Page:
Molalla has refused to reveal if or how it fully restored the 2.5 million dollars.
In Dec. 2016, a new SDC structure was proposed but the total SDC and the transportation SDC will keep Molalla on the low end of what cities charge: Transportation: Proposed methodology recommends a $4,000 SDC; Total SDCs for residential $13,413
Molalla has been struggling for years to stay solvent. When Molalla hired Ellen Barnes as City Manager in 2012, she triggered the above mentioned forensic audit and began to cut jobs and services to try to correct Molalla’s slide into insolvency. Molalla stopped running its Adult Center, closed the City pool and cut many staff positions. Molalla has to carefully manage its budgets to stay in the black. “The mistakes piled up, the options narrowed, and the towns faced insolvency…I didn’t think a city could get like this,” Barnes said. “Where were the state oversight agencies?” (Oregonian April 15, 2012) http://www.oregonlive.com/clackamascounty/index.ssf/2012/04/with_lax_oversight_mismanaged.html
Why is ODOT continuing to endow Molalla with grants and plans when Molalla has failed to collect and account for SDCs to build enough funds for needed transportation improvements? Why have ODOT grant raters failed to note Molalla’s financial problems and its ongoing struggles to keep its budget balanced?
There is a demonstrable lack of coordination between ODOT departments to understand whether or not cities are using plans and codes properly, are cooperating willingly with ODOT’s “recommendations”, have the financial capacity and SDC’s needed to implement plans and have stable staff, planning commissions and enough civic involvement to be capable of understanding and implementing plans according to State and local codes.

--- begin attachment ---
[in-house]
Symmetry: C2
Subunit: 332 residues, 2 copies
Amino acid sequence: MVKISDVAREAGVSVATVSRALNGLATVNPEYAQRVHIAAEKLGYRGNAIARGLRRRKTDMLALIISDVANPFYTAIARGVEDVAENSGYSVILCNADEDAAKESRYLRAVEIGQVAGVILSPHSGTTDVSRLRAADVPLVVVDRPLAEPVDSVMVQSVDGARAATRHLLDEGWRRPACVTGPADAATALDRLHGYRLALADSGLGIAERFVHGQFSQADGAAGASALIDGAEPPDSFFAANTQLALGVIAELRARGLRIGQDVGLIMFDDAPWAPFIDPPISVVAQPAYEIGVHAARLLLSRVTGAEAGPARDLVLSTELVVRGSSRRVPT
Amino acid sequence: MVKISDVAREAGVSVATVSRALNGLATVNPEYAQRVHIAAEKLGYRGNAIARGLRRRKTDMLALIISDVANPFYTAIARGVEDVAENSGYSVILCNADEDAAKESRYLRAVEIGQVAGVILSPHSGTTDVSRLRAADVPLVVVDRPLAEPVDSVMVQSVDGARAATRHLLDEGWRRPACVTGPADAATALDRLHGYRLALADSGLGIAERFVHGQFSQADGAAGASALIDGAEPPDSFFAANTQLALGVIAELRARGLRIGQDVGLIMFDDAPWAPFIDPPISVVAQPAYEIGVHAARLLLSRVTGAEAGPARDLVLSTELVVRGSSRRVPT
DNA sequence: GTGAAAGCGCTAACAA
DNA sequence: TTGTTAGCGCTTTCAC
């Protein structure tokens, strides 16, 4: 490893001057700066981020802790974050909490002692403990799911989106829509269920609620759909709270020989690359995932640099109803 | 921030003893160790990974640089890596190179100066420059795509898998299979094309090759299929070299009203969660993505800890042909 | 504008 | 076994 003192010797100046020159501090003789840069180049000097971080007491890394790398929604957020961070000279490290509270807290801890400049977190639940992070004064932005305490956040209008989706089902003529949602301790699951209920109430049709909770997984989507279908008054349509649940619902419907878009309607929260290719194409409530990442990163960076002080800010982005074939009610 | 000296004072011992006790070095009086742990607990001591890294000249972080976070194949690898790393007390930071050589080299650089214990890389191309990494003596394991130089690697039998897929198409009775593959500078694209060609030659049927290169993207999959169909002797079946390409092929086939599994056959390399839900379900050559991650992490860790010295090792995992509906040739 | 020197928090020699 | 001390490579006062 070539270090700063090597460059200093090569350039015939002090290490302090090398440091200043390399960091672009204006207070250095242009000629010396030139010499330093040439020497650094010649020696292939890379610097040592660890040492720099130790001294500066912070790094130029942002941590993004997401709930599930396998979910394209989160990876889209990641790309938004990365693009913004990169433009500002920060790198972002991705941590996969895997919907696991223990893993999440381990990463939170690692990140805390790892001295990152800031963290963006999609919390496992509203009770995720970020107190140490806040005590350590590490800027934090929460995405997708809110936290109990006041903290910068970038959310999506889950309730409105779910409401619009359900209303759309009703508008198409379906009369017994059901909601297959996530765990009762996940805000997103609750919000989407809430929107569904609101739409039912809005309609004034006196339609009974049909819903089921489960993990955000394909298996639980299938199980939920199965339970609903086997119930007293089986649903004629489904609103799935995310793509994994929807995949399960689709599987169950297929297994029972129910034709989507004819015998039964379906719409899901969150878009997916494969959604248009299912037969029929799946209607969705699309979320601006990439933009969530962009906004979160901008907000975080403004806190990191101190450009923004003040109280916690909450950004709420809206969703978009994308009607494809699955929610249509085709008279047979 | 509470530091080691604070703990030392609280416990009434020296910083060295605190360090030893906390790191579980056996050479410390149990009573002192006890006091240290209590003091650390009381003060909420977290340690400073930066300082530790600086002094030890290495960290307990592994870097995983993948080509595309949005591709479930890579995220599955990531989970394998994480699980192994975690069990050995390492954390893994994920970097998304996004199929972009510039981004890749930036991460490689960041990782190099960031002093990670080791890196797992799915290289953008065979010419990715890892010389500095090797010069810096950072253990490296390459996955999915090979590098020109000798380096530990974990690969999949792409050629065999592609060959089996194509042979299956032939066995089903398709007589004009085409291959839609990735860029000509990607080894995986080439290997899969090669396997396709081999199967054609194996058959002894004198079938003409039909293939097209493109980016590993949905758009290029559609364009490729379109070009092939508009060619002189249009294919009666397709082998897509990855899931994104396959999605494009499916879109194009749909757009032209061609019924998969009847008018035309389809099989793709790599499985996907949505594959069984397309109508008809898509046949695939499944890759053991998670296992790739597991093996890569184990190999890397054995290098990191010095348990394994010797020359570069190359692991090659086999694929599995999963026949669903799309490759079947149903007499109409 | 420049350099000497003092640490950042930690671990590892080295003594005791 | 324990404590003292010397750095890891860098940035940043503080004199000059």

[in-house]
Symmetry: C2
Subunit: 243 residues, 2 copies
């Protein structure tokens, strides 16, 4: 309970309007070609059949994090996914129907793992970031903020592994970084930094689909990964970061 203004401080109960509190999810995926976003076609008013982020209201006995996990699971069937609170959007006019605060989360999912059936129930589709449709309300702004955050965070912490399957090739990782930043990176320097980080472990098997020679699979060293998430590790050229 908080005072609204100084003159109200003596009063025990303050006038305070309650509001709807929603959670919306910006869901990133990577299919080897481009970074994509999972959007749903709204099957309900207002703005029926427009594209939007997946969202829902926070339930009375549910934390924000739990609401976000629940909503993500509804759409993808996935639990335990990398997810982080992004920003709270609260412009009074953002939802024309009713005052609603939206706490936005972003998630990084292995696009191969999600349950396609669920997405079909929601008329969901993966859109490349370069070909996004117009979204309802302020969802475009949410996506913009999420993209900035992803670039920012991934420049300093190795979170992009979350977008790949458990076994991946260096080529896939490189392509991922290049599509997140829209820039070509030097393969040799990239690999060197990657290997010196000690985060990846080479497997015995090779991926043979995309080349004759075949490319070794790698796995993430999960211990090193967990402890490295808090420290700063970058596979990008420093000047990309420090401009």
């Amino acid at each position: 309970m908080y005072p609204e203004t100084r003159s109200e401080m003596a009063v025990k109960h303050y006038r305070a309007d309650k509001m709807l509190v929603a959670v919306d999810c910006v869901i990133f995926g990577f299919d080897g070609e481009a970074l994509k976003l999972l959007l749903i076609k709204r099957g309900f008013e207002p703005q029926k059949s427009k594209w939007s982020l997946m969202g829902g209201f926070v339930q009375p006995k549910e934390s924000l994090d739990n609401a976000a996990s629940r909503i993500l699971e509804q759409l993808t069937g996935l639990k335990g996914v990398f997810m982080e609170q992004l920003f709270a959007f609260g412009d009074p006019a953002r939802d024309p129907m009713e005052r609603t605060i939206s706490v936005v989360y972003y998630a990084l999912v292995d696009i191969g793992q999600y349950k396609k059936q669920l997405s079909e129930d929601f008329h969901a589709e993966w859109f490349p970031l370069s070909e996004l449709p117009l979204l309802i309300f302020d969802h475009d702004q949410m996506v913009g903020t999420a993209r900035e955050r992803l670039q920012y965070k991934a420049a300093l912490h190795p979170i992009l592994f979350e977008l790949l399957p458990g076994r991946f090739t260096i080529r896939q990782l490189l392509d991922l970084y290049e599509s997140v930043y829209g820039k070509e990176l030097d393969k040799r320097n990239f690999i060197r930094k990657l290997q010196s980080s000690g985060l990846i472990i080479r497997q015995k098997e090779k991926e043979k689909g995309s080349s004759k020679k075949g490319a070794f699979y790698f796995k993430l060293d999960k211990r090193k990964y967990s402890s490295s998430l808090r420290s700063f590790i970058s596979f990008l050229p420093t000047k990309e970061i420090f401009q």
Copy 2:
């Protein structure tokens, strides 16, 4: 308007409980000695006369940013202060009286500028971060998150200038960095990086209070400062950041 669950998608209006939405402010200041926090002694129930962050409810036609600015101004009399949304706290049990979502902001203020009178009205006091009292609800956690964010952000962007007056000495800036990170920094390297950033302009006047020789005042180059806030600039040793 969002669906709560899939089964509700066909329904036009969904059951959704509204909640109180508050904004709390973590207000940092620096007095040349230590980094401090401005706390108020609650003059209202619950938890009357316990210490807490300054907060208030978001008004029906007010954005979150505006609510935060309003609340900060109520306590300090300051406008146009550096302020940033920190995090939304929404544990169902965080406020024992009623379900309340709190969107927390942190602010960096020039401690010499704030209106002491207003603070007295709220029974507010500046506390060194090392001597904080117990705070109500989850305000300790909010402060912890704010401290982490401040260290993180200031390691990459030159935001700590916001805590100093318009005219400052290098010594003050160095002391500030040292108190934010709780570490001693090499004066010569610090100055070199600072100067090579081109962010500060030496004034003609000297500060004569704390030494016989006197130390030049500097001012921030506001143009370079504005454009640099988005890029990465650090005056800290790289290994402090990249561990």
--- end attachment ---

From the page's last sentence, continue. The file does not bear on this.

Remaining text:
ODOT is failing, when rating grant applications, to honestly evaluate a city’s history of implementing past plans and ability to implement new plans. ODOT’s staff fails to honestly consider a city’s financial ability to implement plans and whether there is stable city staff with enough depth to manage plans. ODOT has wasted public funds over and over again on “aspirational” transportation plans for Molalla which have little to no chance of being implemented.
ODOT needs to look at value received to the public from previous grants and to consider whether or not a city has cooperated with ODOT in good faith in development projects before future public funds are granted.
ODOT needs to decide what “recommend” really means: If “recommend” means “must/is necessary to meet State and local codes” then ODOT must be prepared to appeal all and any violations to the “recommend” letters. If “recommend” means “we wish you would do it but we won’t hold you to it” then ODOT should stop wasting staff time and public money writing “recommend” letters and just let bad development/ dangerous access and fee waivers to continue in Molalla, which has a record of doing everything possible to ignore ODOT’s “recommend” letters.
Molalla’s ongoing interest in fostering cheap development as it fails to upgrade infrastructure and fails provide quality of life features does not make it a willing ODOT “partner”.